Short Stories

Platform No. 7 – Short Story (Part 2)

(Continued from Part 1. Click here to read the 1st part of story.)

Bhola drank a mouthful of water and then started speaking.

‘So the chawl owner with whom we spoke the last week and finalized upon the rate, suddenly refused to give us the room. I had gone to see him again this morning and had a minor fight as well, but to no avail. He is just not relenting. Room dene ka hi nahi hai usko.’

‘Why so?’ asked Aseefa.

‘I told him that you and I are getting married and we needed the house urgently, but it seems he has got some better customer who is now ready to pay much more than us.’

‘How much more?

‘1-2 thousand more’.

‘How can he do this? I will go and ask the owner myself.’ Aseefa was seething in anger.

‘No point of doing that now. He has decided already. It’s ok Assu, we will save more money and get some other better room next time, till that time our platform number 7 is there for us.’ Bhola smiled and stroked her hair strands that were falling on her face.

They both had planned so much around for the past couple of months for their wedding and so was hounding for a room to stay, suddenly it all went into nothingness. Aseefa sat there, not knowing what better to do, silent.

She shed a few tears and looking at Bhola, said with expectant eyes. ‘I don’t want to live in this platform all my life Bholu, you said we will live in a proper room someday, get married and do our own business. I had believed you. Will that ever happen?’

‘It has to happen. It will surely happen. Have faith in me. Thumped Bhola.

It was quarter to 10 am now and they had still not had their tea together. Bhola went and quickly got the tea. The happy-go-lucky Bhola gave the tea plastic cup to her and said in his inimitable style with a broad smile on his face, ‘Sorry madam, aaj late ho gaya’ (sorry madam, I got late today).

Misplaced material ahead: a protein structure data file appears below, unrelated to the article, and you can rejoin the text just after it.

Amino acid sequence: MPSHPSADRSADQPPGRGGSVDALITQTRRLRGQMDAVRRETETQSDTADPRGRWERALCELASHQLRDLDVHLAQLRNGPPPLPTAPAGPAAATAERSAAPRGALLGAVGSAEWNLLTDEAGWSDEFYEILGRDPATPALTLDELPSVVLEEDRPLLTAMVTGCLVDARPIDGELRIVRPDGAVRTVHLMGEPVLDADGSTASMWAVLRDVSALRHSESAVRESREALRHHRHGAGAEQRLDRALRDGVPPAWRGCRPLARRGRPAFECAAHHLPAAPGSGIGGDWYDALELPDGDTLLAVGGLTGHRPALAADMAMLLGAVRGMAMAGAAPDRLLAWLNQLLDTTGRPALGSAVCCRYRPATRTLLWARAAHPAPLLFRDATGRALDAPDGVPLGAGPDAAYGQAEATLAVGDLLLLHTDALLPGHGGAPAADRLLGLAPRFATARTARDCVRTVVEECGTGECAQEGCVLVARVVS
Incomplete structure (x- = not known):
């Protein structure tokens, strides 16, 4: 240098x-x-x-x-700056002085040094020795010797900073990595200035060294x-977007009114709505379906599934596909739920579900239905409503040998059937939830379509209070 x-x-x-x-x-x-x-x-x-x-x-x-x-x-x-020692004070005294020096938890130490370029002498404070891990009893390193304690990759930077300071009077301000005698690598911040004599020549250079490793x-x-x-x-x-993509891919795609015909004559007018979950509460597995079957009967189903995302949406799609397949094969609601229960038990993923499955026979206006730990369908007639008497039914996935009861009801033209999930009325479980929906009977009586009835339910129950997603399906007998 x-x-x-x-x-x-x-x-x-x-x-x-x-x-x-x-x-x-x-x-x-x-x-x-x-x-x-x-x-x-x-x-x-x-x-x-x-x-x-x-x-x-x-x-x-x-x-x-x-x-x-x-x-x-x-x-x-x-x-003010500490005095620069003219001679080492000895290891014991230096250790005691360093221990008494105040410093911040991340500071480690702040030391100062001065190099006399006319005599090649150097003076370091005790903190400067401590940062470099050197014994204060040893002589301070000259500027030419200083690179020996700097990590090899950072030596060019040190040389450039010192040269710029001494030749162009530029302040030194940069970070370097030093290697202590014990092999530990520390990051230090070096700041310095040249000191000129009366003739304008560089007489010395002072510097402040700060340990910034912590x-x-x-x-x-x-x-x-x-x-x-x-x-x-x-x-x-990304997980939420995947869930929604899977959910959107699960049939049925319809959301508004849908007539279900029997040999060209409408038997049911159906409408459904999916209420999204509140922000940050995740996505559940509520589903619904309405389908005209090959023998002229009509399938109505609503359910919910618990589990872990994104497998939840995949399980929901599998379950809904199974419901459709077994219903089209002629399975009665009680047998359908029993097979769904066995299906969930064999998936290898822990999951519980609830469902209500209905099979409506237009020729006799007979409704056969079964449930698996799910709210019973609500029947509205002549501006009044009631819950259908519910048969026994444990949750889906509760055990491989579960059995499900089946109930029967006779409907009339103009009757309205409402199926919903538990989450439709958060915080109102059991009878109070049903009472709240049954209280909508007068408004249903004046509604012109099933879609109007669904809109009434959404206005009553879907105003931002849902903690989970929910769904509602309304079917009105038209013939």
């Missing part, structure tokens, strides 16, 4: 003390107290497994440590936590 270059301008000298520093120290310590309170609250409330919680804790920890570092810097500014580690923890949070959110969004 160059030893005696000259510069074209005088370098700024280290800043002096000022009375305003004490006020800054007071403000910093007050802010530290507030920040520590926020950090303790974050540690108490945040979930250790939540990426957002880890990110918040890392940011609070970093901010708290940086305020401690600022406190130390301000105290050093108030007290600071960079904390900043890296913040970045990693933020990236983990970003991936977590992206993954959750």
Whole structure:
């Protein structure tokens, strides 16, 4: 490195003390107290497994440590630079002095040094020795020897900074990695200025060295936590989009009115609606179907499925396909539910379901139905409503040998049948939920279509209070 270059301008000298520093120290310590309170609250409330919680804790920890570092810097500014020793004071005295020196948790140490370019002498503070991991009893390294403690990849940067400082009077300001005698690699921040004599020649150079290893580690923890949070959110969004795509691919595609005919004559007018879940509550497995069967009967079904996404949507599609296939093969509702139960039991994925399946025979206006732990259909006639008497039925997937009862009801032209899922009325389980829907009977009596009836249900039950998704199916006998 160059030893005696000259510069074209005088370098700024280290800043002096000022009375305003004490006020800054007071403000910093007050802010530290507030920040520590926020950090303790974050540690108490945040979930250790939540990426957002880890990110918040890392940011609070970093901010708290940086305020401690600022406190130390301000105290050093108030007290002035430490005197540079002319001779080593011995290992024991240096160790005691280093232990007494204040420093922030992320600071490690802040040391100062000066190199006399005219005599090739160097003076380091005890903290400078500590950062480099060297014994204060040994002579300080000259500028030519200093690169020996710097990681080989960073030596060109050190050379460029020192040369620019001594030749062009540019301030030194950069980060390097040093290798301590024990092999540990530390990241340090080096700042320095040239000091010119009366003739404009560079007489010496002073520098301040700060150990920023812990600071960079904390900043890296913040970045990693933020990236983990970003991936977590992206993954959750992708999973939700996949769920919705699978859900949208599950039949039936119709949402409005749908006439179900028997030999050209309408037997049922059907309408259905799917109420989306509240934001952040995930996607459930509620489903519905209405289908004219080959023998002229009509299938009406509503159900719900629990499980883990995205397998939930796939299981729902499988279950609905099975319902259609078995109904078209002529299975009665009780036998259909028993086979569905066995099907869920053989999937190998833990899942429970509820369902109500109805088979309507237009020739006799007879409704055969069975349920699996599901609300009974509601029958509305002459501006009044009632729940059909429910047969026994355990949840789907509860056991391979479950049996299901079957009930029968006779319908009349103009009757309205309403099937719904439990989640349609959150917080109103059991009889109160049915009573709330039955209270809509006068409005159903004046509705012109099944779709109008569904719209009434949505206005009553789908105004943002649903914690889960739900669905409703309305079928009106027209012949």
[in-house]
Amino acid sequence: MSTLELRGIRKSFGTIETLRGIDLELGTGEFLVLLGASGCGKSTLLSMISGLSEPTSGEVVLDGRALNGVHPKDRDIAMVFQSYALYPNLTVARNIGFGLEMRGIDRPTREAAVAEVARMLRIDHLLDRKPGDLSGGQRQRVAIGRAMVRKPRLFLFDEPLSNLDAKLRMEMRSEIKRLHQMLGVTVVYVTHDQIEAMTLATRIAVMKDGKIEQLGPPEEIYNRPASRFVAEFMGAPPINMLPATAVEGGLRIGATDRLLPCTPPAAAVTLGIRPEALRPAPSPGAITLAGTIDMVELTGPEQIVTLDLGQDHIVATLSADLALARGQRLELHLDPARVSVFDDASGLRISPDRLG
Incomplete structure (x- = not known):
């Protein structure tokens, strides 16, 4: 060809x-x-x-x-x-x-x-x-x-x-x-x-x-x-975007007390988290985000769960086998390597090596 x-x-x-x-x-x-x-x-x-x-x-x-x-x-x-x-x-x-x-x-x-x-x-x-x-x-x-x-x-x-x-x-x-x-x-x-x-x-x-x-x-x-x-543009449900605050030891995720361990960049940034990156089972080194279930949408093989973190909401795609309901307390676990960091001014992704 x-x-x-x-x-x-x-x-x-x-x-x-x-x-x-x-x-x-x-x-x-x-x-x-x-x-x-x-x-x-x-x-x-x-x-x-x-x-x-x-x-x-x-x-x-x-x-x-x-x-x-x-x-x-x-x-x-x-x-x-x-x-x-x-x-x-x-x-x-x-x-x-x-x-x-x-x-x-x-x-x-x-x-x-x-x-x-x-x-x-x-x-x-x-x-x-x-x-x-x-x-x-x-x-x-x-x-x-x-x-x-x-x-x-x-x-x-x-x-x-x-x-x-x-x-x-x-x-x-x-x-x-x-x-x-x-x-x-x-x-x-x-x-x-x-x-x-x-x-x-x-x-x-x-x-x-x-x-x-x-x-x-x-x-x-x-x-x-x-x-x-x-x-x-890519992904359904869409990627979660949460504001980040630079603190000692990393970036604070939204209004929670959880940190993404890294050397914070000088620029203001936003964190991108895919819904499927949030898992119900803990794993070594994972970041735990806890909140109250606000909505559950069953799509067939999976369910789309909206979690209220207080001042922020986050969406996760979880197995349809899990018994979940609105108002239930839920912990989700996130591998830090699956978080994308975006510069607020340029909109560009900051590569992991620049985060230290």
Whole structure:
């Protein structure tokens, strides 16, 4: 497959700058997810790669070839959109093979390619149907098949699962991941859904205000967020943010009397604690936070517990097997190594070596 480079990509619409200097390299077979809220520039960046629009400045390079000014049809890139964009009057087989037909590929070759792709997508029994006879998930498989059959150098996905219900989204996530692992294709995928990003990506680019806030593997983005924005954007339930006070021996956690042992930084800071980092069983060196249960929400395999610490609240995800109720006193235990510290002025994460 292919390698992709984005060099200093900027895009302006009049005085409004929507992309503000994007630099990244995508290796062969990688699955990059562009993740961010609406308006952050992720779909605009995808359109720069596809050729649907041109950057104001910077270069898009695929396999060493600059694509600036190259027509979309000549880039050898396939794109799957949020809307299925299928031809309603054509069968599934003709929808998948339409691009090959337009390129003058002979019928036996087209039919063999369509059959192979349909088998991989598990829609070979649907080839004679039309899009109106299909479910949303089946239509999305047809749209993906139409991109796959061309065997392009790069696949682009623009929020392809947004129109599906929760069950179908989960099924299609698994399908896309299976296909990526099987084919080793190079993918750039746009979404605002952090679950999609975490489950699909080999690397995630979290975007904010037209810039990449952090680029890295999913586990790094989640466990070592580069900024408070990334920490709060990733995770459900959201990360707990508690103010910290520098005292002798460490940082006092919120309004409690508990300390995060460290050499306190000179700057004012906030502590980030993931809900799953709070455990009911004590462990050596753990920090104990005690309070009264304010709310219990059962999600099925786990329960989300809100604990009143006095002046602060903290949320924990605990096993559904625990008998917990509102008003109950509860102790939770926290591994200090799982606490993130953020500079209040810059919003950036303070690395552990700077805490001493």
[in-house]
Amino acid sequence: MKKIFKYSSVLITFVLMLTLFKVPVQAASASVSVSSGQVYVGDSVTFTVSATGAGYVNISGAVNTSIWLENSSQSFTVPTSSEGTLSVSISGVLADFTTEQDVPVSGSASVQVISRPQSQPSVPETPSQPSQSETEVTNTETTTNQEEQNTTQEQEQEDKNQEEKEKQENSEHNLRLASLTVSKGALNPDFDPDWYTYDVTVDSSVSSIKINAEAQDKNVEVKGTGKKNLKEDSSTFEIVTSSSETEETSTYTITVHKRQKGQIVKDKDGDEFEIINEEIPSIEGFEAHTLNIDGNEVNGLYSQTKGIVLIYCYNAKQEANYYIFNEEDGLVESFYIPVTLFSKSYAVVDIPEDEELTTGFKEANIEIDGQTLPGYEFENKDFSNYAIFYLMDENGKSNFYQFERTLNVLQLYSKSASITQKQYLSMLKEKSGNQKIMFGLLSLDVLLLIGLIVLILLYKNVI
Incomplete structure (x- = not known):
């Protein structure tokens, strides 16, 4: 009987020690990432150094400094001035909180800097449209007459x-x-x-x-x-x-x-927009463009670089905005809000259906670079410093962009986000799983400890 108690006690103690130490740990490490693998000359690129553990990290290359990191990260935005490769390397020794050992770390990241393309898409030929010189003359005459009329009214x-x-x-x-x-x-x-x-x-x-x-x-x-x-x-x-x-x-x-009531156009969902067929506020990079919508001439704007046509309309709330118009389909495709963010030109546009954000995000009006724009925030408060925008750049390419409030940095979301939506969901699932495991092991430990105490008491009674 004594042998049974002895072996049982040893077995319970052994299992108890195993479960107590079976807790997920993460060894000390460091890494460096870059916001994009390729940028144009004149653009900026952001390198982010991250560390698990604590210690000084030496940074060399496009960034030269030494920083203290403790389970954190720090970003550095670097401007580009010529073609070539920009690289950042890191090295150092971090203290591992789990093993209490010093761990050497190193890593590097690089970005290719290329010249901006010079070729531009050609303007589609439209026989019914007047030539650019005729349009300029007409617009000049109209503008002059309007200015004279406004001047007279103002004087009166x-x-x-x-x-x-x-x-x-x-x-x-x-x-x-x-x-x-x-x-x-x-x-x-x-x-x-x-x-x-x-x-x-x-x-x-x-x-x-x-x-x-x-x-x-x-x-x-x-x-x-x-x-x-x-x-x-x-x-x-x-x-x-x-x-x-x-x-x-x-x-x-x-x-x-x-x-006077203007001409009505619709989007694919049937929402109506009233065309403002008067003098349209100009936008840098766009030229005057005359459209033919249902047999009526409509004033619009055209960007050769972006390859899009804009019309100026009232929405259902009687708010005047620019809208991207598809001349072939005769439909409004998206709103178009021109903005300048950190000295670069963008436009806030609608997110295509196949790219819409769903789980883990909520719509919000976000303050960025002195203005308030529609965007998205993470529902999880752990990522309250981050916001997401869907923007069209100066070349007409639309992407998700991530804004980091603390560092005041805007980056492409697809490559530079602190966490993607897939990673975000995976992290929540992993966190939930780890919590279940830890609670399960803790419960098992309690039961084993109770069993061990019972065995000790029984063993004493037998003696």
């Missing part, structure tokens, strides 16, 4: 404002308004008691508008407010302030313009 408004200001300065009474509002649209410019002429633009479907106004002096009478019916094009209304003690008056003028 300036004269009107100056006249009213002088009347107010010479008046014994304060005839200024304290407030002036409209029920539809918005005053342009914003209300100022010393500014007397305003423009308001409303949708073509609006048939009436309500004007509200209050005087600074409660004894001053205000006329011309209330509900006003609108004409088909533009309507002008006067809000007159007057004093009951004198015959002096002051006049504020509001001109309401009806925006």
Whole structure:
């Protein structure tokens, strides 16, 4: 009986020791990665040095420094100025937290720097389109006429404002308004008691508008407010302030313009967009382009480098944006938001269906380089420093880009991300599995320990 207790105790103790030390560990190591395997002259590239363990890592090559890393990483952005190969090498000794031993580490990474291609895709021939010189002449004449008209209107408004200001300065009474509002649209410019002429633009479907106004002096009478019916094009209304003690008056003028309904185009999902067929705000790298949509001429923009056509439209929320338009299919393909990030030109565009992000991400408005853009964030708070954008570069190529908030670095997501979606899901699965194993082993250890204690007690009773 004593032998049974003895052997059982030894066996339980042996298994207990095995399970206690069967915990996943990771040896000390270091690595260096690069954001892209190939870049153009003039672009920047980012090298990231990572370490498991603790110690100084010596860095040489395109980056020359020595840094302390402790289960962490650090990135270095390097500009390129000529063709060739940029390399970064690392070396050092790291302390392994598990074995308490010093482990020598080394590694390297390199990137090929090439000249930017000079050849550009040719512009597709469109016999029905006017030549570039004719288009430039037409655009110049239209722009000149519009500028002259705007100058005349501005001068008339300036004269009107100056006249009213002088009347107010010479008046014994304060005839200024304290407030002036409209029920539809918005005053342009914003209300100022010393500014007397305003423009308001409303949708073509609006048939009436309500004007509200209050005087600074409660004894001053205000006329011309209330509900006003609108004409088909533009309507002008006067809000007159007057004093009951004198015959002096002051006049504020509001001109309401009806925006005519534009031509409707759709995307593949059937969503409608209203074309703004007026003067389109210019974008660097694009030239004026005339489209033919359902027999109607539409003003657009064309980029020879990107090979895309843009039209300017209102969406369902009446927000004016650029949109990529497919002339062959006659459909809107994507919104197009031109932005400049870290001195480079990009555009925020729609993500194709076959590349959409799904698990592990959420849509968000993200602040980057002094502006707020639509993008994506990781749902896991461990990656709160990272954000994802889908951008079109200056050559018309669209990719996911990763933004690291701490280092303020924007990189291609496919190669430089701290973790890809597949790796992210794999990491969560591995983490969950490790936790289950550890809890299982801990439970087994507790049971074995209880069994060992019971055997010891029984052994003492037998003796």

Aseefa couldn’t help a droplet spill over from her eyes. This man gave her the most precious thing that she could have asked for – Love. She would go to any length to be with him, thought she. It was Bhola who had assured her that they wouldn’t live along the platform anymore and would live a better life, like all others. It’s one thing to dream and another to see that dream materialize. However, poverty and homelessness wasn’t something that they feared as they had each other to fall back on. Their love and faith on each other was their biggest strength.

They slowly sipped the hot tea together.

Breaking the momentary silence between them, Bhola spoke, ‘So what if we couldn’t get this room, we will save more and more money, and buy a room soon. I wish to have my own shop of perfumes one day. We will do good; I am sure we will.’ Finishing his tea, Bhola said with a renewed energy. His face blushed as he spouted those words, every vein in his body was infused with the will to see the day they so desperately envisioned together. They were not the ones to give up so soon.

As the day progressed, the two once again geared up towards their daily duties,
shedding the temporary malaise over yet another pitfall. The locals trains were wheezing past the track one after the other, indifferent to the rest of the world. Daily commuters, through hurried steps moved up and down.

Aseefa started calling out to her customers (mostly Hindus) for buying flowers from her and Bhola moved around brandishing the small Attar bottles targeting his own set of customers (mostly Muslims).

Amidst all these people who throng railway stations, bus stops, metros & airports every day, these two minuscule creatures thrusted themselves once again in the vast ocean of life. Their hope – to live a better life, their strength – Love.

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